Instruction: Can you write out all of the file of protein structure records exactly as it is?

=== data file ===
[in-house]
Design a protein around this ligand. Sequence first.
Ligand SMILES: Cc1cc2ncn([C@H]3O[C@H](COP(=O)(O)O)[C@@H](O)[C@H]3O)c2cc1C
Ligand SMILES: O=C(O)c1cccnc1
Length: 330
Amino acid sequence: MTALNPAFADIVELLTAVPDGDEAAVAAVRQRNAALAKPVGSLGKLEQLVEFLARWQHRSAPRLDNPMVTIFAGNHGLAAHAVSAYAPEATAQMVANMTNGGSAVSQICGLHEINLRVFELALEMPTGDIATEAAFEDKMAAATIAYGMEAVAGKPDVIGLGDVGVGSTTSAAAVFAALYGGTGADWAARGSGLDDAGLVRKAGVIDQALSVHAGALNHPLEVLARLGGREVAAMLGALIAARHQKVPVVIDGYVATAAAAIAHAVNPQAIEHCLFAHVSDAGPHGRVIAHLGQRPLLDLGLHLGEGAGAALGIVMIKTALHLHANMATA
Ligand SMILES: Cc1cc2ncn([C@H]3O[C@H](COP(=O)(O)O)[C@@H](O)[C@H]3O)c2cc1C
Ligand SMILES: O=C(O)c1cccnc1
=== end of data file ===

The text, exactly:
[in-house]
Design a protein around this ligand. Sequence first.
Ligand SMILES: Cc1cc2ncn([C@H]3O[C@H](COP(=O)(O)O)[C@@H](O)[C@H]3O)c2cc1C
Ligand SMILES: O=C(O)c1cccnc1
Length: 330
Amino acid sequence: MTALNPAFADIVELLTAVPDGDEAAVAAVRQRNAALAKPVGSLGKLEQLVEFLARWQHRSAPRLDNPMVTIFAGNHGLAAHAVSAYAPEATAQMVANMTNGGSAVSQICGLHEINLRVFELALEMPTGDIATEAAFEDKMAAATIAYGMEAVAGKPDVIGLGDVGVGSTTSAAAVFAALYGGTGADWAARGSGLDDAGLVRKAGVIDQALSVHAGALNHPLEVLARLGGREVAAMLGALIAARHQKVPVVIDGYVATAAAAIAHAVNPQAIEHCLFAHVSDAGPHGRVIAHLGQRPLLDLGLHLGEGAGAALGIVMIKTALHLHANMATA
Ligand SMILES: Cc1cc2ncn([C@H]3O[C@H](COP(=O)(O)O)[C@@H](O)[C@H]3O)c2cc1C
Ligand SMILES: O=C(O)c1cccnc1